Conversations to Prepare for End of Life

 When it’s time for advance care planning and making difficult healthcare decisions, already having discussed end-of-life medical care (or a Living Will) with your loved one and knowing their wishes ahead of time will be critical information to help you and your family make those tough choices when the time comes. It will also allow you to communicate those wishes effectively to their doctor or healthcare provider. And it all starts with a simple conversation.

Because this can be such an uncomfortable (yet critical) topic to discuss, you may want to do research and take steps to prepare yourself for starting this conversation in an appropriate setting. Once you prepare for having this conversation, asking the right questions comes next. 

Here are a few things you can ask your loved one to initiate the conversation about their wishes for end-of-life care:

  1. Get it in writing, including their signature if possible. Before you ask questions, there are a couple reasons why it’s important to have a Living Will template (or even just a notepad) to write down your loved ones wishes for end-of-life care. First, you don’t want to have any misunderstanding of what they said, or forget any details once the time comes for medical care in the case that they are unable to speak for themselves. Second, you’ll need documentation that allows your family and the healthcare provider to see signed proof of what your loved one has wished for. This will help you and your family make those difficult choices and have peace of mind that it was what your loved one wanted.
  2. Discover their general wishes for end-of-life. General wishes can be anything that is important to them other than medical and healthcare wishes. Who do they want by their side for their last breath? Do they want a chaplain or pastor to visit them? Do they want to be cremated? Who do they want involved or not involved in their medical care decisions?
  3. Discover their medical wishes for end-of-life. This regards their medical care and quality of life wishes. Who will be their appointed healthcare proxy / power of attorney? Do they want themselves and/or their family to make medical decisions, or do they trust the doctor to make those decisions if it has not been predetermined in the Living Will? Where and how do they want to spend their last days? Would they like to have hospice care? Do they want to be resuscitated or go on life support if the option arises? Do they want to stay informed about their current condition or life expectancy?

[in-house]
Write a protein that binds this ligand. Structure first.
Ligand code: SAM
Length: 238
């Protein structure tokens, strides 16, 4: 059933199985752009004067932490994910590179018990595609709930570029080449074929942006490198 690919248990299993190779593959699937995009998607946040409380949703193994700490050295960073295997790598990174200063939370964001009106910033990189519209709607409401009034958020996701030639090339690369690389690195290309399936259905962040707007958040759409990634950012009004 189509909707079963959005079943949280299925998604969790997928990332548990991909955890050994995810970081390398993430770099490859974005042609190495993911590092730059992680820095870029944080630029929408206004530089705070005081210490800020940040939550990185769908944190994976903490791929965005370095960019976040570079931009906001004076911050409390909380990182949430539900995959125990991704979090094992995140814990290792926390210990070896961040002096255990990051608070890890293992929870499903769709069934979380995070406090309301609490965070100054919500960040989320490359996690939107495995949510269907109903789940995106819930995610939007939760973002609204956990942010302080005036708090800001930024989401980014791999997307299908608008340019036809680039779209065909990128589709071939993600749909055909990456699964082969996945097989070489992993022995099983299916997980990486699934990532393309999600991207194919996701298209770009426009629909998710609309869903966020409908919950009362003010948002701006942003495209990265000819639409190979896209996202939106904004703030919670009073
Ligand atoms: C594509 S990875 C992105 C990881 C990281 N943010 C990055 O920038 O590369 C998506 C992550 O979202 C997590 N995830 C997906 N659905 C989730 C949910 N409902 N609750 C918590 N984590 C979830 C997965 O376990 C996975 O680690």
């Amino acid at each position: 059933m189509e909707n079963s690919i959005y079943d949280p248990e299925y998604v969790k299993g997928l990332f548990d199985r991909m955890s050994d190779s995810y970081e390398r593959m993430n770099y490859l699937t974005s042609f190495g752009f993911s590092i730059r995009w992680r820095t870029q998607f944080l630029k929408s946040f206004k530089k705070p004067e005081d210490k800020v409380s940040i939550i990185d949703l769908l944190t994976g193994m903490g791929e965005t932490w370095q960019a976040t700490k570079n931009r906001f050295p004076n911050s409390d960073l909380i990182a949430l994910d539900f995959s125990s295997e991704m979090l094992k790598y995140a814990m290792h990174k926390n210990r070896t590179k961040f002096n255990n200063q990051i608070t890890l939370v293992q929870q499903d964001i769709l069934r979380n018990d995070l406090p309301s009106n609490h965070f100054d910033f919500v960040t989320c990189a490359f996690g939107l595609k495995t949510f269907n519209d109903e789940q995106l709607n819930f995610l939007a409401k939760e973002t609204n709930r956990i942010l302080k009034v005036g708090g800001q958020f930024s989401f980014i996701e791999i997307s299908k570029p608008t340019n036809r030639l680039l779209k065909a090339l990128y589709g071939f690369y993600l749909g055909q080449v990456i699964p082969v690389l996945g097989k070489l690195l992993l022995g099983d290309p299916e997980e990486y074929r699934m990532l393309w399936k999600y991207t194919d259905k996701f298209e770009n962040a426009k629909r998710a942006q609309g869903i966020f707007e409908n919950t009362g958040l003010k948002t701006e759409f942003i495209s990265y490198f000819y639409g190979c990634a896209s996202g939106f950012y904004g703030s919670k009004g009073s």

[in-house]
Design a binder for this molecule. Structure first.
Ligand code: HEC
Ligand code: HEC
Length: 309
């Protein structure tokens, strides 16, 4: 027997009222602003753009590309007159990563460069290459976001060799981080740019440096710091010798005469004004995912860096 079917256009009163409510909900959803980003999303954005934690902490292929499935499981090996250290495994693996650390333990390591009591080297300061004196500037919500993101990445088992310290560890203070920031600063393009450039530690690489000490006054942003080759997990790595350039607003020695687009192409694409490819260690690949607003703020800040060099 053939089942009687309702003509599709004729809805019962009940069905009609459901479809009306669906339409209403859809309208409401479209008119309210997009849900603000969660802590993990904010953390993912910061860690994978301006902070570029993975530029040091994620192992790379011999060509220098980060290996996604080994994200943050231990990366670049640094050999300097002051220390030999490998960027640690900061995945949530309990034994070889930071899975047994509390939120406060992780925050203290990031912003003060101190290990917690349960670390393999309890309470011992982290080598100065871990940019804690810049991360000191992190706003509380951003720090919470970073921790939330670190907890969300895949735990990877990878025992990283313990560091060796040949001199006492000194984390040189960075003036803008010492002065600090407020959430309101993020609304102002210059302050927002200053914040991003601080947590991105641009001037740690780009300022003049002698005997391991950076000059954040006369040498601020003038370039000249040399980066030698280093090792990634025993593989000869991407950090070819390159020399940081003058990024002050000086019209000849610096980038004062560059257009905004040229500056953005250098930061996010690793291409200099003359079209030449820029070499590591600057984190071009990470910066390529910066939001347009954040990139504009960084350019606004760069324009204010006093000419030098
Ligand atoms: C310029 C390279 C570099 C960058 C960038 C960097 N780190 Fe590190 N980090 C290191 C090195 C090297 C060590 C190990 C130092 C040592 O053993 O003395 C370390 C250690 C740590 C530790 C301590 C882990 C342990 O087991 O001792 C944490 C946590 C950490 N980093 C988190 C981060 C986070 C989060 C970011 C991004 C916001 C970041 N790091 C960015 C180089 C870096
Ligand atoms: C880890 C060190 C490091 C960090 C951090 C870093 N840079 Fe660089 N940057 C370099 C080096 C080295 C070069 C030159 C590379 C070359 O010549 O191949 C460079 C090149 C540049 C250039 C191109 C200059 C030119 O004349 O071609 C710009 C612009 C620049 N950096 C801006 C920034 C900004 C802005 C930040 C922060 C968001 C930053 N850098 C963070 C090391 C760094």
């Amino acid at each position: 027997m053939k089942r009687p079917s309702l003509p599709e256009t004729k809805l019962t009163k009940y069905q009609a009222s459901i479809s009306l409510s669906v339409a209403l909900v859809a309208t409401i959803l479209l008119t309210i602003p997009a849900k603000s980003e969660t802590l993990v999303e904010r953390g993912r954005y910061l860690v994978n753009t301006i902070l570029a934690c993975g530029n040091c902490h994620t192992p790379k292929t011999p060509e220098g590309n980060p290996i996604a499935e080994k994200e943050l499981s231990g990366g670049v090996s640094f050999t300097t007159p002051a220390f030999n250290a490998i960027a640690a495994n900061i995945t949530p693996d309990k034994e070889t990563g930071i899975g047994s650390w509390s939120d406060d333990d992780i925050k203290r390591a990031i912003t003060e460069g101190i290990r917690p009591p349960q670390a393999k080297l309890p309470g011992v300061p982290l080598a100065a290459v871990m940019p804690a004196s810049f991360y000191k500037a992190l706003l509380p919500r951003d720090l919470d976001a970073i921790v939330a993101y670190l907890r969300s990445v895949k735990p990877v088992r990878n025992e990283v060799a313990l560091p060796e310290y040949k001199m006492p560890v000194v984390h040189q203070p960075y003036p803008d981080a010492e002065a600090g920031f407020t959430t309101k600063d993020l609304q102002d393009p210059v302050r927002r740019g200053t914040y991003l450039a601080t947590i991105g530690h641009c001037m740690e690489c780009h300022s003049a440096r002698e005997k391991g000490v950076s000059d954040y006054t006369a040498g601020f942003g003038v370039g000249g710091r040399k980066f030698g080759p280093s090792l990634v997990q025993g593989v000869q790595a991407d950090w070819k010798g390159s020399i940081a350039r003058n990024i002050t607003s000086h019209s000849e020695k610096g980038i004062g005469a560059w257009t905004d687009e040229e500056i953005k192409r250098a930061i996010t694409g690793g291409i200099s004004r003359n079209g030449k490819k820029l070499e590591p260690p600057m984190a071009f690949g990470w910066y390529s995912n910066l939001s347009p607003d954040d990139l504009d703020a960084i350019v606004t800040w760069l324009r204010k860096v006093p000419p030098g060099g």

4. Discover what personal things need to be addressed before their last days. Do they have a Will set in place? What will happen with their home or assets once they pass? Do they have a burial site reserved? Are there any financial or legal matters that need to be taken care of?
  5. Have more than one conversation. You don’t have to get all the answers at once. Allow this difficult topic to occur naturally and in a comfortable, appropriate setting. But don’t wait to have these conversations before it’s too late! Talk to other close family members about the topic and do your research ahead of time to help guide your conversations more effectively. Living Wills can change over time, and they can be created long before you feel your loved one is getting close to their last days. This is an important document to have created and maintained in the instance that your loved one acquires a sudden illness or injury at any point in time as they age.

If your loved one wishes for quality-of-life care more than prolonged life for their last days, tell your doctor about Accolade Hospice.

Accolade Hospice has a team of professionals prepared to help with any advance care planning including understanding and initiating a variety of legal documents: Medical Power of Attorney, Living Will or DNR. Accolade’s goal is to ensure and promote quality of life while honoring wishes, beliefs and values. This is accomplished through careful attention to the individual’s unique needs including pain management, medical, emotional, social, and spiritual needs.

Accolade Hospice services (vary by location) include:

  • Skilled Nursing
  • Home Care Aide
  • Pain & Symptom Management
  • Diabetic Care
  • Cardiac Care
  • Wound Care Management
  • Post-Surgical Care
  • Dementia & Alzheimer’s Care
  • Caregiver Support
  • Advance Directive Planning
  • Bereavement Counseling

With Accolade, you are not alone.

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